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News Release

Navajo Nation - Office of the President and Vice President

Navajo Nation President Jonathan Nez, Division of Natural Resources Executive Director Dr. Rudy Shebala, and Navajo Hopi Land Commission Office Director Robert K. Black were joined by members of the Resources and Development Committee, Navajo Land Department, and Birdsprings Chapter officials on Tuesday, as they visited a 484-acre site, located near the southwest portion of the Navajo Nation, that is currently under consideration for potential agricultural and economic development initiatives.

Under the guidance of the Division of Natural Resources, several departments have devoted their resources to assess the site. One proposal being considered is the development of a commercial alfalfa farm near the city of Winslow, Arizona, within fee lands owned by the Navajo Nation.

“In comparison to lands that are held in trust by the federal government, fee lands have a lot of upside and potential for development, jobs, and revenue. Through the collaboration of the Division of Natural Resources and our lawmakers, this initiative is coming together in a way that can benefit several Navajo communities. Agricultural development, such as an alfalfa farm, can create new jobs and generate resources for livestock owners and ranchers that reside on the Navajo Nation. Currently, we have many livestock owners who rely on businesses off of our Nation to sustain their operations,” said President Nez.

Pictured: Navajo Nation President Jonathan Nez observes maps detailing plot boundaries along with Navajo Nation Council Delegate Rickie Nez and former Navajo Nation Council Walter Phelps in Winslow Arizona on March 1, 2022.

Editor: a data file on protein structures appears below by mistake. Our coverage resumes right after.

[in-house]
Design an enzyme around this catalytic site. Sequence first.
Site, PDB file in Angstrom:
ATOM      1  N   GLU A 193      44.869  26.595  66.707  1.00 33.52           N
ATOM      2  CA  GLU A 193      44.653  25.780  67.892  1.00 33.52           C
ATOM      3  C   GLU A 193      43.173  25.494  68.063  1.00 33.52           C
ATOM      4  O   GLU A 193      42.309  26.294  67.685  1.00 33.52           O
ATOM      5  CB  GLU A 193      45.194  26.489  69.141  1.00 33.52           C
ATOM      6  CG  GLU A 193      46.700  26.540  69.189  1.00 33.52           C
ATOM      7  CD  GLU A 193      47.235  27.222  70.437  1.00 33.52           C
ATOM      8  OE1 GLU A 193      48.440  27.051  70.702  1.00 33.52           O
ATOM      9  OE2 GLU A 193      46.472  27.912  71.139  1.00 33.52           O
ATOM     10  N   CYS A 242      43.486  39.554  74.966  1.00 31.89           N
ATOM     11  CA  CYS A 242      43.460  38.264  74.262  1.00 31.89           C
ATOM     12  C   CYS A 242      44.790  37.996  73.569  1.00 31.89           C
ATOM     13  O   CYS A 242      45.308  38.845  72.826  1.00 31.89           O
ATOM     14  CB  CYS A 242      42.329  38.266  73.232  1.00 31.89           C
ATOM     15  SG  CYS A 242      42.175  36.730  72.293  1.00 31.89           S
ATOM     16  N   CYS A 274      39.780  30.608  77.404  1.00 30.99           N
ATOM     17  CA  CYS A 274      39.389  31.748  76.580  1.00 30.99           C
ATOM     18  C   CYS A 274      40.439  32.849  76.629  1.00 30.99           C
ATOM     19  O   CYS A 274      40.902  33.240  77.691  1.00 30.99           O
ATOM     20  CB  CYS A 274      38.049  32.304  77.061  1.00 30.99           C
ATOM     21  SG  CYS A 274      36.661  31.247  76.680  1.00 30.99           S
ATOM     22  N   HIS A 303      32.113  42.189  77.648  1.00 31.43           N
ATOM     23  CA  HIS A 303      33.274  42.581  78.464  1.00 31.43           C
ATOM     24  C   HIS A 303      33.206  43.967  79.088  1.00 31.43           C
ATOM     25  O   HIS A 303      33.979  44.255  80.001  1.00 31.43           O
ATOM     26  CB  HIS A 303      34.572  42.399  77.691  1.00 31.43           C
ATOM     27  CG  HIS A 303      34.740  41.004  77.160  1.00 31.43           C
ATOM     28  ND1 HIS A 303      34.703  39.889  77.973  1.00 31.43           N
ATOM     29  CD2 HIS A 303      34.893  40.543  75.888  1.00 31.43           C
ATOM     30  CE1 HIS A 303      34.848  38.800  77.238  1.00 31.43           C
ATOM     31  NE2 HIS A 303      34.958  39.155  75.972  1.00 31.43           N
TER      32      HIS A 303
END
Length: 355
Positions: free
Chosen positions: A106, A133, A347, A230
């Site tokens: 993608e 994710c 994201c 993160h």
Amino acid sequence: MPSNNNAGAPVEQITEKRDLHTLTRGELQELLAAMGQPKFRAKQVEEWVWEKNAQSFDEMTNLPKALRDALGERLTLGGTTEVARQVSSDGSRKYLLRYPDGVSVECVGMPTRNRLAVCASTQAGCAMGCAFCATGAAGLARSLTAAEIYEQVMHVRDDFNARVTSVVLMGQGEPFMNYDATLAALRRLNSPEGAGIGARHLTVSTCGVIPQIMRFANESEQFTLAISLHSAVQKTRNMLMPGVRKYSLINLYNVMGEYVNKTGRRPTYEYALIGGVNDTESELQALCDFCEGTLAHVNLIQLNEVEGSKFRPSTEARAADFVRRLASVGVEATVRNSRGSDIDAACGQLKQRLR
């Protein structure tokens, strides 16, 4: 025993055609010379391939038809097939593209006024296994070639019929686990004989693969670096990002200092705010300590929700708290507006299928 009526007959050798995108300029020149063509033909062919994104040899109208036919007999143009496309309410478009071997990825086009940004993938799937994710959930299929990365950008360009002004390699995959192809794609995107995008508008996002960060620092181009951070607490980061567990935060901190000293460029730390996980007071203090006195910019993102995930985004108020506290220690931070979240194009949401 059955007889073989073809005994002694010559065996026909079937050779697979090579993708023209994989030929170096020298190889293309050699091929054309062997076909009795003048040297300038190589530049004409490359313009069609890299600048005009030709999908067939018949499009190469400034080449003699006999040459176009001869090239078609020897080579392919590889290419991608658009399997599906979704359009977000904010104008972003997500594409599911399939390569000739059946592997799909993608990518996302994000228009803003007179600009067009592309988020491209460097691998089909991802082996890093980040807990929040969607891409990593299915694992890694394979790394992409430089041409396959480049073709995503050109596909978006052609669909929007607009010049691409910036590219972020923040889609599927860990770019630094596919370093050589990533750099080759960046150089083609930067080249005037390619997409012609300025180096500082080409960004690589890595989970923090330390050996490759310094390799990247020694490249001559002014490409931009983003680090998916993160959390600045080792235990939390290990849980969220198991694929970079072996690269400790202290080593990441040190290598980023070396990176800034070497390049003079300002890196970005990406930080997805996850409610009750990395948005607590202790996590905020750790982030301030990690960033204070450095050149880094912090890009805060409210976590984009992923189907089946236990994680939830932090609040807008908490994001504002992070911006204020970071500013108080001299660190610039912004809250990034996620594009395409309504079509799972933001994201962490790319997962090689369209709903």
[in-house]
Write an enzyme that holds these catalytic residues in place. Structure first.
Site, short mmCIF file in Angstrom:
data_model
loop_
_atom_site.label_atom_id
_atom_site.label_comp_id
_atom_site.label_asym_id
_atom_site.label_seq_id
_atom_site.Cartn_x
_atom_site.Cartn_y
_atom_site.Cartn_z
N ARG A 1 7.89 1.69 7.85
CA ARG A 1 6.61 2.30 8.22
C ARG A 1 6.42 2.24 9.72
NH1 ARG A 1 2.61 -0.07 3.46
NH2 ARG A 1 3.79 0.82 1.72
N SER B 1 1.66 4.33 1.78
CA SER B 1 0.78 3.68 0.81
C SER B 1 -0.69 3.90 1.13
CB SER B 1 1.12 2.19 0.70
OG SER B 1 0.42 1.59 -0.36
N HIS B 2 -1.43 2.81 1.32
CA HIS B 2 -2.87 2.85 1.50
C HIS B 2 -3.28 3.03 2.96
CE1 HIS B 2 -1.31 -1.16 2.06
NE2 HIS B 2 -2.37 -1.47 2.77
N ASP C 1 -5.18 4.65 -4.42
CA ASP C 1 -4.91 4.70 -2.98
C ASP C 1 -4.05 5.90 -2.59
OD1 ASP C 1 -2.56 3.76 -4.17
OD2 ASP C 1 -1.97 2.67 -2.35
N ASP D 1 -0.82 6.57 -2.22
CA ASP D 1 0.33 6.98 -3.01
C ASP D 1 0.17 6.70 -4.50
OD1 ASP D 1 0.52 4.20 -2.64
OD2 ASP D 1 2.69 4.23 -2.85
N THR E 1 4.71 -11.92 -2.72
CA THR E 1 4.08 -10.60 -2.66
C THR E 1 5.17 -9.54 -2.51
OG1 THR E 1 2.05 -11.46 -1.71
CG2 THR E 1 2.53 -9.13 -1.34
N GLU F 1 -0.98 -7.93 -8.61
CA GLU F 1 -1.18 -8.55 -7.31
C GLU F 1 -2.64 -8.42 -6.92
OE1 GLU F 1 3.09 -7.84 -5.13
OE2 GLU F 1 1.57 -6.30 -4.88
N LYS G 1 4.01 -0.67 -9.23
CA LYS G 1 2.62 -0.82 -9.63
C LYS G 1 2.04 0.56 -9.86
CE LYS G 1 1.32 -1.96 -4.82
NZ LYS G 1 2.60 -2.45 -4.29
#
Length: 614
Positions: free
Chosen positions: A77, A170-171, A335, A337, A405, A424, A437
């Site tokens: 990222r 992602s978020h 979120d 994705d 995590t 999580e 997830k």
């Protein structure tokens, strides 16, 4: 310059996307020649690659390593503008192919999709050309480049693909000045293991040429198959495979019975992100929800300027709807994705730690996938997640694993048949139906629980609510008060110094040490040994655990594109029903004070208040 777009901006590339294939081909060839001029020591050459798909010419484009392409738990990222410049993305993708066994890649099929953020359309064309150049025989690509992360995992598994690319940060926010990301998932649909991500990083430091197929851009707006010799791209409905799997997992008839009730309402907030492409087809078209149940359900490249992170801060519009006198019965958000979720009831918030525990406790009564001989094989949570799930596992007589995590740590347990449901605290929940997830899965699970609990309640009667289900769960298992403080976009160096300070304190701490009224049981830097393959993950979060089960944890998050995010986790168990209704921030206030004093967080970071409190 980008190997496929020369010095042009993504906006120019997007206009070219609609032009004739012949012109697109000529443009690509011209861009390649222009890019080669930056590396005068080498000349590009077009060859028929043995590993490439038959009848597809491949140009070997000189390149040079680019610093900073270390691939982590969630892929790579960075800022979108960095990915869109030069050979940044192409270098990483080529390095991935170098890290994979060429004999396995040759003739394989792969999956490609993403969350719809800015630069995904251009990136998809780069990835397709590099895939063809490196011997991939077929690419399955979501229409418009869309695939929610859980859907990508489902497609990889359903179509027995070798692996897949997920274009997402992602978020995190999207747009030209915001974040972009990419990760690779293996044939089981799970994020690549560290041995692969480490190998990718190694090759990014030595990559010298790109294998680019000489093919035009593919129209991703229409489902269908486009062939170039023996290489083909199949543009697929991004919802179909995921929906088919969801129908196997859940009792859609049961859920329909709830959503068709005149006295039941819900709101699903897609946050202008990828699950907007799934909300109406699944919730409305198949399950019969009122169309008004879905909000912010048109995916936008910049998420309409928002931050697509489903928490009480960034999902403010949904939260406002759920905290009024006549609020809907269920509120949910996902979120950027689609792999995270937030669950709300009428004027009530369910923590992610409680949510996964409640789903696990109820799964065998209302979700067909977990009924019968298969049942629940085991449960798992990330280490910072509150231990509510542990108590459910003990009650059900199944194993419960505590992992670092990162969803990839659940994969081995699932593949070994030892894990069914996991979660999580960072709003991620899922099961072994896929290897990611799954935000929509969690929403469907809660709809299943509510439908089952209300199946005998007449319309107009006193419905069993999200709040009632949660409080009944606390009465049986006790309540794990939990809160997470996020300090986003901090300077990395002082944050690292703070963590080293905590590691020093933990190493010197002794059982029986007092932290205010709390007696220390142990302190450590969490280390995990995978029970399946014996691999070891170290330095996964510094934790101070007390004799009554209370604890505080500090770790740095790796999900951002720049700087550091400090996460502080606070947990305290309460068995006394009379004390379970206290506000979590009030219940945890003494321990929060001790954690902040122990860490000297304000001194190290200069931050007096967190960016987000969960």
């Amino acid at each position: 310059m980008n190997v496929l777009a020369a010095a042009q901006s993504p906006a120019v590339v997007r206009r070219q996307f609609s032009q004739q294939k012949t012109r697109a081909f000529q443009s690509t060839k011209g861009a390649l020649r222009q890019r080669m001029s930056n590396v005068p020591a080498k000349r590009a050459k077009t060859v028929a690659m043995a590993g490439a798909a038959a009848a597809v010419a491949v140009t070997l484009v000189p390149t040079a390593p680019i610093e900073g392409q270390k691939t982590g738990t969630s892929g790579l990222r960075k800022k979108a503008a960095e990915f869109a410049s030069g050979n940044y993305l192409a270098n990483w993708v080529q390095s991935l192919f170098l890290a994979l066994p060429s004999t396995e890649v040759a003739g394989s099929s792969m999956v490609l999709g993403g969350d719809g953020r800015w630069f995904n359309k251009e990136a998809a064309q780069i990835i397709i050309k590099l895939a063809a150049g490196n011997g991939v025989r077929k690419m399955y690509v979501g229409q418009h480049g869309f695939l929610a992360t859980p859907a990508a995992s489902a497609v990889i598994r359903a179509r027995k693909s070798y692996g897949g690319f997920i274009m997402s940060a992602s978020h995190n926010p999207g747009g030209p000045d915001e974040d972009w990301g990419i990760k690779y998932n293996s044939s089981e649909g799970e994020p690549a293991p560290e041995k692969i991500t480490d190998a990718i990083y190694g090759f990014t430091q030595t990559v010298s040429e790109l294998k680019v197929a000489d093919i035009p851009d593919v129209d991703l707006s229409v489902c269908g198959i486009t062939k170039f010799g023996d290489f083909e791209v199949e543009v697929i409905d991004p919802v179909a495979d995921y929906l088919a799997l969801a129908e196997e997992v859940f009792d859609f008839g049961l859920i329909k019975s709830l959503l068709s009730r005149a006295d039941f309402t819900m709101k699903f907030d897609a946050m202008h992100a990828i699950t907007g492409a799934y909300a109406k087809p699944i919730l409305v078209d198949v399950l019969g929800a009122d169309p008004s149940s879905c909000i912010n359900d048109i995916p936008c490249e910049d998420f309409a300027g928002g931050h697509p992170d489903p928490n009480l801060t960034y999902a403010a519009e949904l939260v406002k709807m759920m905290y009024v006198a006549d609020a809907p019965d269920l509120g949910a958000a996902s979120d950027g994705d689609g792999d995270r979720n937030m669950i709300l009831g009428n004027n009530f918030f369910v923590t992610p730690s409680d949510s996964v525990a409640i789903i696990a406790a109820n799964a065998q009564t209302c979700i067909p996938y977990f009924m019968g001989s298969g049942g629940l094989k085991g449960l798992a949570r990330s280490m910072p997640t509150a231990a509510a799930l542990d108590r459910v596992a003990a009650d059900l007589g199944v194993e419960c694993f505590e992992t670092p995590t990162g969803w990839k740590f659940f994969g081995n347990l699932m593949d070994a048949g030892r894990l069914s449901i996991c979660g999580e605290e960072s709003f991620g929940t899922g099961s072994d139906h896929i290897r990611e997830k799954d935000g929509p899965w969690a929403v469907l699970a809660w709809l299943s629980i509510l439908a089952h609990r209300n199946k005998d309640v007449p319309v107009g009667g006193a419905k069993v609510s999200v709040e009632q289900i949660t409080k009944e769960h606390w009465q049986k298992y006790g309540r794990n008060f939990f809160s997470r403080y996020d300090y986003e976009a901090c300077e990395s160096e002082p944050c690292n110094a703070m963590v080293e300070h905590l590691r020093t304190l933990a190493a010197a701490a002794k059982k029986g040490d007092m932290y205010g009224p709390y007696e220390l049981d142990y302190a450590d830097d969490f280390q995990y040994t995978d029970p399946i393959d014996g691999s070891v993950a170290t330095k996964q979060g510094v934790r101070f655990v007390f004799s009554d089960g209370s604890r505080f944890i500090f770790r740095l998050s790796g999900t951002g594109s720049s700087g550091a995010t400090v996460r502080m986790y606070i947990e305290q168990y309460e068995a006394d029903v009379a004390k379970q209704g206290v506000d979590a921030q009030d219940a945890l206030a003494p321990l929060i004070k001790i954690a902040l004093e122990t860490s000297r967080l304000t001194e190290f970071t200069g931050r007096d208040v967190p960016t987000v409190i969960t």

Pictured: Navajo Nation President Jonathan Nez observes maps detailing plot boundaries along with Navajo Nation Council Delegate Rickie Nez and former Navajo Nation Council Walter Phelps in Winslow Arizona on March 1, 2022.

Dr. Shebala also supports the development of an alfalfa farm to lessen the dependency on outside providers that charge high prices for hay. For the past several months, Assist International, a non-profit organization dedicated to fostering humanitarian efforts, has provided its expertise and support for the project.

Department of Water Resources Branch Director Najam Tariq said the site could accommodate various water infrastructure to support opportunities for housing and other types of development. He estimates that the site could generate a similar water output as other nearby farms.

The Nez-Lizer administration will continue to work with the Resources and Development Committee, City of Winslow, Navajo-Hopi Land Commission, and other partners to establish the Navajo Nation’s priorities for the fee lands area.

“We appreciate Resources and Development Committee Chair Rickie Nez, Vice Chair Thomas Walker, Council Delegates Kee Allen Begay and Elmer Begay, and former Council Delegate Walter Phelps for their involvement and support as we work together to make this a successful and sustainable initiative,” added President Nez.

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